Yearly Lung Cancer Scans Are Advised for People 50 and Over With Shorter Smoking Histories

New advice from an influential panel will make more women and African-Americans eligible for CT scans, but some who need them most may not be able to afford them.

New guidelines from medical experts will nearly double the number of people in the United States who are advised to have yearly CT scans to screen for lung cancer, and will include many more African-Americans and women than in the past.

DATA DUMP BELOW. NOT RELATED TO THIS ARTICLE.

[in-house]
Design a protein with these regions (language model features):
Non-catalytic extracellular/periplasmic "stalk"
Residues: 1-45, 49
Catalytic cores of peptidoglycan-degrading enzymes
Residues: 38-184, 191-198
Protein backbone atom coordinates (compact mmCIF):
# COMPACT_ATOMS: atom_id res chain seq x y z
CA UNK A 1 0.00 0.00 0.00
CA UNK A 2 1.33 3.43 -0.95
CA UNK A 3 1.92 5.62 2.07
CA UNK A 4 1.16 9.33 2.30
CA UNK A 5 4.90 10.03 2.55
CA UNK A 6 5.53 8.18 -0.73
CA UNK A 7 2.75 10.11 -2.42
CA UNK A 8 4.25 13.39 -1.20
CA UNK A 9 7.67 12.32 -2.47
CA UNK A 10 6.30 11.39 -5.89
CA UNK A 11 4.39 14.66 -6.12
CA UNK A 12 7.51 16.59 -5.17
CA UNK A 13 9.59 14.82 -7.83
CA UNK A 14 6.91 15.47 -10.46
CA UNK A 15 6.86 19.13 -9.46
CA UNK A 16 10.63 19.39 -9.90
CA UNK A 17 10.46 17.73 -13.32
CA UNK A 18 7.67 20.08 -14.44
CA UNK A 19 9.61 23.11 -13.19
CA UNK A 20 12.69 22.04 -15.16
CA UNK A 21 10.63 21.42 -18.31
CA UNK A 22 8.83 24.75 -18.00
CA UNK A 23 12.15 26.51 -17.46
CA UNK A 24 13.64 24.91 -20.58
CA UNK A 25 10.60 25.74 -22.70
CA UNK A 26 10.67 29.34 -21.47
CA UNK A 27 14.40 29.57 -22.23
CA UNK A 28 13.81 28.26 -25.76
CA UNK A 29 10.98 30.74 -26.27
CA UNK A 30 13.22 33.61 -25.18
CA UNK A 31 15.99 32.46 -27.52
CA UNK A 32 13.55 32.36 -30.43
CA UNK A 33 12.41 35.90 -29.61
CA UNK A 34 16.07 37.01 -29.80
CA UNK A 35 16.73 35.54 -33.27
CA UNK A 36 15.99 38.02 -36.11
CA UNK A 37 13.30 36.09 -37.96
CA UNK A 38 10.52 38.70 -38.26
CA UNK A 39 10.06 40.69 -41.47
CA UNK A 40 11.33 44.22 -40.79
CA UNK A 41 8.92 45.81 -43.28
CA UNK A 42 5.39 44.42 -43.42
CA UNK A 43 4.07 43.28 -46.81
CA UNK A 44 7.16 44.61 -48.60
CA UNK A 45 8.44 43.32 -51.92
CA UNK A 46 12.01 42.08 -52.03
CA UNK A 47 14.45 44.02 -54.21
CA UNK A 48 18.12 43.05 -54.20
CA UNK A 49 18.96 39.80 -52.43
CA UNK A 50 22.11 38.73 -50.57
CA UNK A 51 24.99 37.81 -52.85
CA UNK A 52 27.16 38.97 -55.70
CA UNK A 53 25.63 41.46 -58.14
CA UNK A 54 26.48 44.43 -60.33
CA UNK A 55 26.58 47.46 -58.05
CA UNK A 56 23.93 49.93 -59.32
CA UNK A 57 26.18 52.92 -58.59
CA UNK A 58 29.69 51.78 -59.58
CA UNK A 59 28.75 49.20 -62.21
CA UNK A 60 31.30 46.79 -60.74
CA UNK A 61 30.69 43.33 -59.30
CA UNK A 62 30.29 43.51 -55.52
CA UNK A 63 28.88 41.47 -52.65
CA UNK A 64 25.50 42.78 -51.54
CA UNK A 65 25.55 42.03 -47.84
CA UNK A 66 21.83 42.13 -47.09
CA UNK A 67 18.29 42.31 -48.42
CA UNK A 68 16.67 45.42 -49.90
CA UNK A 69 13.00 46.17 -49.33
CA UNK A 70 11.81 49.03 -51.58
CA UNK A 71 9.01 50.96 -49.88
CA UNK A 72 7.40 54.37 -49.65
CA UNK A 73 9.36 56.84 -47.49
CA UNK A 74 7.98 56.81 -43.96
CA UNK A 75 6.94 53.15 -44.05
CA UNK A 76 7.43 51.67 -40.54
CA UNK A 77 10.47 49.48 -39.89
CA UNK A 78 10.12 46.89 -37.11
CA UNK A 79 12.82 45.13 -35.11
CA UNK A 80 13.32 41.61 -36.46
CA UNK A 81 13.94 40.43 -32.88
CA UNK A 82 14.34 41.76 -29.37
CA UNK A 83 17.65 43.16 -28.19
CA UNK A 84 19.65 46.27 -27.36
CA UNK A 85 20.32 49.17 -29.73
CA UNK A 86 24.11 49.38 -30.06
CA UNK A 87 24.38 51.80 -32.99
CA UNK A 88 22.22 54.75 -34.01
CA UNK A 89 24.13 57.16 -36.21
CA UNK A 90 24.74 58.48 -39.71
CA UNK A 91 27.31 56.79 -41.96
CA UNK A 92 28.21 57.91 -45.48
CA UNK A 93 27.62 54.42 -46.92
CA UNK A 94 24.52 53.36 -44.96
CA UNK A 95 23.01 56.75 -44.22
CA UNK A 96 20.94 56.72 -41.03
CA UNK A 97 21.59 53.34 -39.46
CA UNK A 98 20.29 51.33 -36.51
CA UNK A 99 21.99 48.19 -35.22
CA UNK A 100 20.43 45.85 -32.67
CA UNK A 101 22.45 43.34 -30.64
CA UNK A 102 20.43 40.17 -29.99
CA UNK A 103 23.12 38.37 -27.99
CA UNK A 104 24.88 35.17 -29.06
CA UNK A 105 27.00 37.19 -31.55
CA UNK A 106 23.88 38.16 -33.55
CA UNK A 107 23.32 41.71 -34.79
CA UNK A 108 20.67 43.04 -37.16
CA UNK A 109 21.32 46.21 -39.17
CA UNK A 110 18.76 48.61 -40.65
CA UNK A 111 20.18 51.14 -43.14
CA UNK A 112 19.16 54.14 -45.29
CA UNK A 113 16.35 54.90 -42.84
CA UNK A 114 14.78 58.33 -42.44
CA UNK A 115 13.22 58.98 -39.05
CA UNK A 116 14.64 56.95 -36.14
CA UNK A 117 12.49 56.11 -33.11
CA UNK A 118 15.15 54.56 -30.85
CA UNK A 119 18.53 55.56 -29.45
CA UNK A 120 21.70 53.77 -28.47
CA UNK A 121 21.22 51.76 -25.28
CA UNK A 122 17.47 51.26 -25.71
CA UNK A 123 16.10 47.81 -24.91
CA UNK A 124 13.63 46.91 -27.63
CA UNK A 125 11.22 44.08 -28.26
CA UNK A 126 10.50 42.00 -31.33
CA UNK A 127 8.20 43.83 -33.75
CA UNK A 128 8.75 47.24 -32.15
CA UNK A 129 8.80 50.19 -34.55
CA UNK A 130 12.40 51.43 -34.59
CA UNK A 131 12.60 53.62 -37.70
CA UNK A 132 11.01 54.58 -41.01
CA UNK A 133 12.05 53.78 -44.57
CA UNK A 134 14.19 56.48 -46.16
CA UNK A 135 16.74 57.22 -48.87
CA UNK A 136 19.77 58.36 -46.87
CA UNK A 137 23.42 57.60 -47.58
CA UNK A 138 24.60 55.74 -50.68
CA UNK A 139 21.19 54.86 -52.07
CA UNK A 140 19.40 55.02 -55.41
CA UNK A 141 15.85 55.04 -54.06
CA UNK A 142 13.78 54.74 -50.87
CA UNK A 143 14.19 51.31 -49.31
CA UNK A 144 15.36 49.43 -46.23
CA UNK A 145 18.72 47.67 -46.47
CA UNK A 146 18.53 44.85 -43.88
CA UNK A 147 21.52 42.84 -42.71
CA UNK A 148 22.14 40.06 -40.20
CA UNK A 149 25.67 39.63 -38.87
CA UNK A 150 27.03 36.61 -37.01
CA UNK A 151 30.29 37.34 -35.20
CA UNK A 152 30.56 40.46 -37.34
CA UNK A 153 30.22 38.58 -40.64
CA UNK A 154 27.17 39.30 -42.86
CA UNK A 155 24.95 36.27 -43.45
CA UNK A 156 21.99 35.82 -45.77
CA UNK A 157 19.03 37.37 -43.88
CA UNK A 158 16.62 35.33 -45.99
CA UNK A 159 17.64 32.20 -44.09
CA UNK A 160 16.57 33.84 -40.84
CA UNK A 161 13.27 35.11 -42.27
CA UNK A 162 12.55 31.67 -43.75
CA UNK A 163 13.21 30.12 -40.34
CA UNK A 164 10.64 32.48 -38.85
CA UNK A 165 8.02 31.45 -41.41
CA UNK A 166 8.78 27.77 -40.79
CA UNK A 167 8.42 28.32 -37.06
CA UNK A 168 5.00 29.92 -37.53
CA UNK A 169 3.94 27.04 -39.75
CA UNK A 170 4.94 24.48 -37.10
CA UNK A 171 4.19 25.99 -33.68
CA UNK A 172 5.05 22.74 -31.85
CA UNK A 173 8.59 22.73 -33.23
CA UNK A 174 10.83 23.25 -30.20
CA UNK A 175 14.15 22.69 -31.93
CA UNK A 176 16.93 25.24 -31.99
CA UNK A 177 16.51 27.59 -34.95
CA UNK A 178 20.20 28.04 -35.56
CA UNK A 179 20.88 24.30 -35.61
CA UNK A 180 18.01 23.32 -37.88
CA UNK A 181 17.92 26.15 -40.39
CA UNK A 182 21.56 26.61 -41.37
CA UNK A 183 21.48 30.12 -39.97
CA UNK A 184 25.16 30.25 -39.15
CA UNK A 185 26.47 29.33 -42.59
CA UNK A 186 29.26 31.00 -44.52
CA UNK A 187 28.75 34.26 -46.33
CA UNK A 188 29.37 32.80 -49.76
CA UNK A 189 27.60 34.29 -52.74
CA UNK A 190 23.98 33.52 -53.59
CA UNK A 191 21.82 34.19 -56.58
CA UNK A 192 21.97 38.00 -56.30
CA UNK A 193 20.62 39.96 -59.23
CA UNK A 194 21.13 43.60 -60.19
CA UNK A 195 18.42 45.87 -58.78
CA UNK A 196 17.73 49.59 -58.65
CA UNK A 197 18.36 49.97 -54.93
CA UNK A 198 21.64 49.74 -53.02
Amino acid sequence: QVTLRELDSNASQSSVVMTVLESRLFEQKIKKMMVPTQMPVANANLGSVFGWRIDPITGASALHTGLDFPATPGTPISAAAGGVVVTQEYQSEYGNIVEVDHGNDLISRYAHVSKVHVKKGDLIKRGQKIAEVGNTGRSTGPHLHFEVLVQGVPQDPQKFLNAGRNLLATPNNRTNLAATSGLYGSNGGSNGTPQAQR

The disease is the leading cause of U.S. cancer deaths, and the goal of the expanded screening is to find it early enough to cure it in more people at high risk because of smoking. In those individuals, annual CT scans can reduce the risk of death from the cancer by 20 to 25 percent, large studies have found.

The new recommendations, by the U.S. Preventive Services Task Force, include people ages 50 to 80 who have smoked at least a pack a day for 20 years or more, and who still smoke or have quit within the past 15 years.

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